Improvements in uncontrolled asthma previously seen with low-dose macrolides in adults have been replicated in children aged five to fifteen.
Published in 2017, the reduction in exacerbations seen with azithromycin in the Australian AMAZES trial led to guideline recommendations for low-dose macrolides to be used as add-on therapy in adults whose asthma is not controlled despite optimum use of inhaled corticosteroids (ICS).
Now a randomised controlled trial published in Chest has extended the evidence of benefit to children.
Researchers in India evaluated the efficacy of low-dose (10 mg/kg, three times per week) azithromycin in asthma control for three months in 120 children with uncontrolled asthma.
The children were predominantly male (74%), had a mean age of 10 years and had poorly-controlled asthma as defined by scores of 19 or less on the Asthma Control Test (ACT) and Childhood Asthma Control Test (CACT), despite treatment with ICSs and/or long-acting beta-agonists in combination with good adherence and techniques.
After three months of azithromycin treatment, children in the macrolide group showed significant improvement in asthma control compared with the control group (change in CACT/ACT score: 7 ± 11 vs 3 ± 12, respectively, P < 0.001).
Despite the CACT/ACT score being lower in the azithromycin group at baseline, it improved substantially and became significantly higher than the control group score at 12 weeks of follow-up (21.7 ± 2.2 vs 18.3 ± 2.2, respectively; P < 0.001).
Azithromycin treatment also improved secondary outcomes, such as proportions of patients achieving asthma control as per GINA guidelines (41 of 56 vs 10 of 56, P < 0.001). The number of acute asthma exacerbations leading to ED visit or requiring steroid use were significantly reduced in the azithromycin group compared to the control group.
There were no differences in other outcomes such as change in spirometry parameters, fractional exhaled nitric oxide (FeNO), and neutrophil percentage in the sputum.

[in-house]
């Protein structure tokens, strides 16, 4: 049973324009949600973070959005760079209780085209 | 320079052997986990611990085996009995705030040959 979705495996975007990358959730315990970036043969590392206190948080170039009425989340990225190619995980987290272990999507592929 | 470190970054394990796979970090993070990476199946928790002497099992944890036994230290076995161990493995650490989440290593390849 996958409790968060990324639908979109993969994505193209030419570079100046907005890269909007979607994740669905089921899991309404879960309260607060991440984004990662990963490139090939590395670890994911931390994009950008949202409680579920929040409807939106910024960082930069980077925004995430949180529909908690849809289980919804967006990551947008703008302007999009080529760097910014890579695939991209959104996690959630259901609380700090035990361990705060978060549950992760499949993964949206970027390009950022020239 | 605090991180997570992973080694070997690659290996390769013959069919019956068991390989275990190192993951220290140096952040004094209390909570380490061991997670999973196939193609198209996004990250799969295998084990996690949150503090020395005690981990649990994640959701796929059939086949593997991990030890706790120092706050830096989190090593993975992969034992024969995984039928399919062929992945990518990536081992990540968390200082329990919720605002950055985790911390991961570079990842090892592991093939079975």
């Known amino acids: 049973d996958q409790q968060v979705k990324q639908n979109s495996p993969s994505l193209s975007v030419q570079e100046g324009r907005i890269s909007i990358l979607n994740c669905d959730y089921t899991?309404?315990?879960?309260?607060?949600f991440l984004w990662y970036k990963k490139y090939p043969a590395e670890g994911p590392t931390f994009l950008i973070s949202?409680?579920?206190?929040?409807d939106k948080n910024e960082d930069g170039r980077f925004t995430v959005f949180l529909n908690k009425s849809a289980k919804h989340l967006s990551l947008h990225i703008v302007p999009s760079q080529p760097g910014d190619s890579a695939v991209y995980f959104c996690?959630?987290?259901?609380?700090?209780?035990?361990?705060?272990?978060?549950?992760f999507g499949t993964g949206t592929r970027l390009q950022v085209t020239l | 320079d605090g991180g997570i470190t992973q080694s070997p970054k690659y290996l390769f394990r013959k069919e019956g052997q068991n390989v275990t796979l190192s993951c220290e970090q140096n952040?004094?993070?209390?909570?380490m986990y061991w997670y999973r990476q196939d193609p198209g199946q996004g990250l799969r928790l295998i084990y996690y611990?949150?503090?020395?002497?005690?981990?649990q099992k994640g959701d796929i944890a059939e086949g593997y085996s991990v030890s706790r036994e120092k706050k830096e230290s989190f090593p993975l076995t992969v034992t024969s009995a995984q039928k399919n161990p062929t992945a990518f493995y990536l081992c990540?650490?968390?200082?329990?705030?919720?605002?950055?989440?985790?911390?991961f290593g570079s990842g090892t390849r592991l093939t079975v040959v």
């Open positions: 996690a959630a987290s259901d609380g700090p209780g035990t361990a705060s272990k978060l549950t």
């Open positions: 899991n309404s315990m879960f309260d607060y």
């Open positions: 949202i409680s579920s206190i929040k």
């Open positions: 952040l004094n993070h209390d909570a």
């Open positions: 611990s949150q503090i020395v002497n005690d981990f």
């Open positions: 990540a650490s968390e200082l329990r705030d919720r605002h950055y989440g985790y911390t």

The study investigators noted that the improvements in asthma control were seen in all age groups and — as with the AMAZES study — in eosinophilic asthma and children with non-eosinophilic asthma. Unlike in adults, there appeared to be no tolerability issues with low-dose azithromycin such as diarrhoea, which mirrored experience with use of azithromycin in children with cystic fibrosis.
The study authors acknowledged there may be concerns about antibiotic resistance with long-term use of azithromycin, and said their three-month study did not find any azithromycin-resistant organisms in the throat samples processed.
“Management of poorly-controlled asthma in children is challenging. Although emphasis on personalised asthma management exists that includes biologicals, it is limited by high cost and unavailability,” the authors wrote.
“Hence, a cheaper, safe, effective, and readily available drug like azithromycin can help in management of children with poorly controlled asthma. It can be used in clinical conditions when the asthma is not controlled by routine medications before moving to biologics,” they suggested.
An accompanying commentary co-authored by AMAZES study investigator Professor Peter Gibson noted that two previous trials of low-dose azithromycin in children with uncontrolled asthma had produced mixed findings, but had been limited by their short duration and low patient numbers.
They described the findings of the latest study as “encouraging”, but cautioned that there were still many unanswered questions such as the optimum dose and duration of treatment and longer term safety with macrolides.
“Although the authors administered therapy for 12 weeks in the current study, it is unclear whether the asthma control achieved during the treatment was sustained over time after discontinuing the therapy,” they said.
“Nevertheless, the positive effect observed in this study provides a promising treatment option in managing difficult-to-treat asthma in children, who have demonstrated adequate use of controller medications and optimal inhaler techniques. Further research is required to identify the most effective macrolide, the ideal therapeutic regimen, the duration of the treatment, long-term consequences of long-term use of these antibiotics, and their mechanism of action,” they concluded.